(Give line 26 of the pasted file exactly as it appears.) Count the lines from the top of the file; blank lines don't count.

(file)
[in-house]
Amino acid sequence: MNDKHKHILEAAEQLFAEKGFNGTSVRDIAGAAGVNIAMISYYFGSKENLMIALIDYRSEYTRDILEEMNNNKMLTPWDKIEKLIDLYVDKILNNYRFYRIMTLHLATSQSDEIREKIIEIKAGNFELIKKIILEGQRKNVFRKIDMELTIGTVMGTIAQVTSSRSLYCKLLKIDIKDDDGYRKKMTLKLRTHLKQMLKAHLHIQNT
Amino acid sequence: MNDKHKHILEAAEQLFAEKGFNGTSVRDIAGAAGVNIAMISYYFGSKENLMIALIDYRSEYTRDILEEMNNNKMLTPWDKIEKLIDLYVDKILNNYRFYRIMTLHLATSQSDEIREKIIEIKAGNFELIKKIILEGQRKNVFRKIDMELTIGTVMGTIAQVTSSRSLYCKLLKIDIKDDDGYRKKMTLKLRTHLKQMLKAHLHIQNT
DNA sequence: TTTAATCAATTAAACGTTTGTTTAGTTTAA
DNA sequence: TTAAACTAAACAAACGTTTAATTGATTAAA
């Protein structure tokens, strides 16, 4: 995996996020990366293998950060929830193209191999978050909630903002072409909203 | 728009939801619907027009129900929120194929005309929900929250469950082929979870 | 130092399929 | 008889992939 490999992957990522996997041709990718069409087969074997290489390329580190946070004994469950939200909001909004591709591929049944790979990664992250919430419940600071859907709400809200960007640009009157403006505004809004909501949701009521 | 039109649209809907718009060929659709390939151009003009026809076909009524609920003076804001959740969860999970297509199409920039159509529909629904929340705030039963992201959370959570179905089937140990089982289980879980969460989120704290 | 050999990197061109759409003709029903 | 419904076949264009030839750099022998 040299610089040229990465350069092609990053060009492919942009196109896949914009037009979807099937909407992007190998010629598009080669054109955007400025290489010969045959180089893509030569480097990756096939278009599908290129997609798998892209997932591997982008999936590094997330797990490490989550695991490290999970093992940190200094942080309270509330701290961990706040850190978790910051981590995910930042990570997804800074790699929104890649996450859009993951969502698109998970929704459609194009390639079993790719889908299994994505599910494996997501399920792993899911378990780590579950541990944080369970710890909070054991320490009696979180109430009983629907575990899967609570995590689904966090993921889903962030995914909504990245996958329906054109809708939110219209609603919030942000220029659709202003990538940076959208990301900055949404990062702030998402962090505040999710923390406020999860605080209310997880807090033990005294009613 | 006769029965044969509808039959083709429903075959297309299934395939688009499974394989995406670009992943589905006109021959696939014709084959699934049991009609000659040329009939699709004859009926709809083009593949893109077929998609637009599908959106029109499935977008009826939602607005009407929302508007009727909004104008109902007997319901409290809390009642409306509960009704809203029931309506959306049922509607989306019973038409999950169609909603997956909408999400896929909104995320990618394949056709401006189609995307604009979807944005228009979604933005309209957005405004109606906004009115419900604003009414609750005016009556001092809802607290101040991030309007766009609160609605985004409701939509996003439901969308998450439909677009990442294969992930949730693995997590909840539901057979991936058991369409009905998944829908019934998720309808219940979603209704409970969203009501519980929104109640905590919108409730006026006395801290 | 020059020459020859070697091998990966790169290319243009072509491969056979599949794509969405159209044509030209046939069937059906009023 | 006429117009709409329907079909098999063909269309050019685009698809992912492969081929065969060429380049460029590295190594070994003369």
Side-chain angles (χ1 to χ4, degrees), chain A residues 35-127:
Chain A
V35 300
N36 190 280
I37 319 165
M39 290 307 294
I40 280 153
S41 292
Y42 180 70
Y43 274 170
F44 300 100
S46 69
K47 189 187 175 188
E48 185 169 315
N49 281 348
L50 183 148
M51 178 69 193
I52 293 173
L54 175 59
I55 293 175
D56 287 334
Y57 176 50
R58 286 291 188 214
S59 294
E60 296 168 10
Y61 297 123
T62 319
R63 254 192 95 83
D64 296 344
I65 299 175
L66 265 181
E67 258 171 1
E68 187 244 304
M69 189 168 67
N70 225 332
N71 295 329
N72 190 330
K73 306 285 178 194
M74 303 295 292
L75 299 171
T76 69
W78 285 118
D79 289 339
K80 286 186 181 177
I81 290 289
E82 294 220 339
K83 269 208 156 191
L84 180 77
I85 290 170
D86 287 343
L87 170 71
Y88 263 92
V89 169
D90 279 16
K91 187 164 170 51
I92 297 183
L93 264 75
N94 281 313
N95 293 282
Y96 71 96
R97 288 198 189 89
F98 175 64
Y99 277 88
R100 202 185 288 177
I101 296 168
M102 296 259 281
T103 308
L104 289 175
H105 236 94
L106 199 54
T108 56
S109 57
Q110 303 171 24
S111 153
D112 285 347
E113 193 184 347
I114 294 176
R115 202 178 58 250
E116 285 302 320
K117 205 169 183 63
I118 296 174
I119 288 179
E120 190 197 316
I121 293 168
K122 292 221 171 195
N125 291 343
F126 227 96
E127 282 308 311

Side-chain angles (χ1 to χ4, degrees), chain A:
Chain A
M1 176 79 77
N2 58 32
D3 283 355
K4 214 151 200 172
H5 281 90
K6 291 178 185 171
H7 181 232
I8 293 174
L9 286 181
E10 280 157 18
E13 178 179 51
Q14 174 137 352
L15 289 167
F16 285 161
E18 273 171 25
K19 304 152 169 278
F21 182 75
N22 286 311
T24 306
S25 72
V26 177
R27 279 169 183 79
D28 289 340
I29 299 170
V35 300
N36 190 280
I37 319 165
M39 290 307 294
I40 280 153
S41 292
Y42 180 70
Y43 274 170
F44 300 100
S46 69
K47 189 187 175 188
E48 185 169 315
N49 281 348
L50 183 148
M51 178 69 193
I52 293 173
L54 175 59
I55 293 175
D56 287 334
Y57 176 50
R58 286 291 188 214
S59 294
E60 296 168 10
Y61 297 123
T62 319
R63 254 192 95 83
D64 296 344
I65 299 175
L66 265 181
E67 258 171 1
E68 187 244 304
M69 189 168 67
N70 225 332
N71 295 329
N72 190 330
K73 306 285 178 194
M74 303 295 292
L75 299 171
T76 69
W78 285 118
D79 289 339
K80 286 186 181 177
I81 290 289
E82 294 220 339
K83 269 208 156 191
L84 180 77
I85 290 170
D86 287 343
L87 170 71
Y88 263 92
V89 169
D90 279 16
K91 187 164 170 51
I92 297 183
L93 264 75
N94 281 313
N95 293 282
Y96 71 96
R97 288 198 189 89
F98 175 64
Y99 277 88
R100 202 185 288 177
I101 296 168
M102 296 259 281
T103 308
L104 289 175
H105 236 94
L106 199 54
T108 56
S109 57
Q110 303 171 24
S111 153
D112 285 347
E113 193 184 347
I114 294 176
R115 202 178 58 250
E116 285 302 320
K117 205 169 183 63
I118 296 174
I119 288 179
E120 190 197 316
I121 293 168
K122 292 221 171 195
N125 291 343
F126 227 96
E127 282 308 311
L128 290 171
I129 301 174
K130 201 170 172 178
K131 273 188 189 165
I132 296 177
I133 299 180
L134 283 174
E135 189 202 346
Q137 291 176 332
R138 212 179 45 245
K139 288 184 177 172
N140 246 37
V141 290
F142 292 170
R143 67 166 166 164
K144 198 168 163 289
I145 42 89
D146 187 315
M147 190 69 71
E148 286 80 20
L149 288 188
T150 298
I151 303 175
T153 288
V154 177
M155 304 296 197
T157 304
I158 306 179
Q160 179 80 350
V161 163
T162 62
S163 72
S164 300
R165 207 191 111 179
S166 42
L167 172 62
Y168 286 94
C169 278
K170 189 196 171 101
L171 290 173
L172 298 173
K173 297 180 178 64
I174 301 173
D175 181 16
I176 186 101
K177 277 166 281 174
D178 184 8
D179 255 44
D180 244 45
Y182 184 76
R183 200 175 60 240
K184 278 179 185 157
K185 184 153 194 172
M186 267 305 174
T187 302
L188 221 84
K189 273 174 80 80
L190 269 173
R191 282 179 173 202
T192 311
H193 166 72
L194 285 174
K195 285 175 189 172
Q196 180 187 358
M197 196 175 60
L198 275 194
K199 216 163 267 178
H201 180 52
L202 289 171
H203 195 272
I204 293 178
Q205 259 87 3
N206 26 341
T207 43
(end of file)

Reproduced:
I55 293 175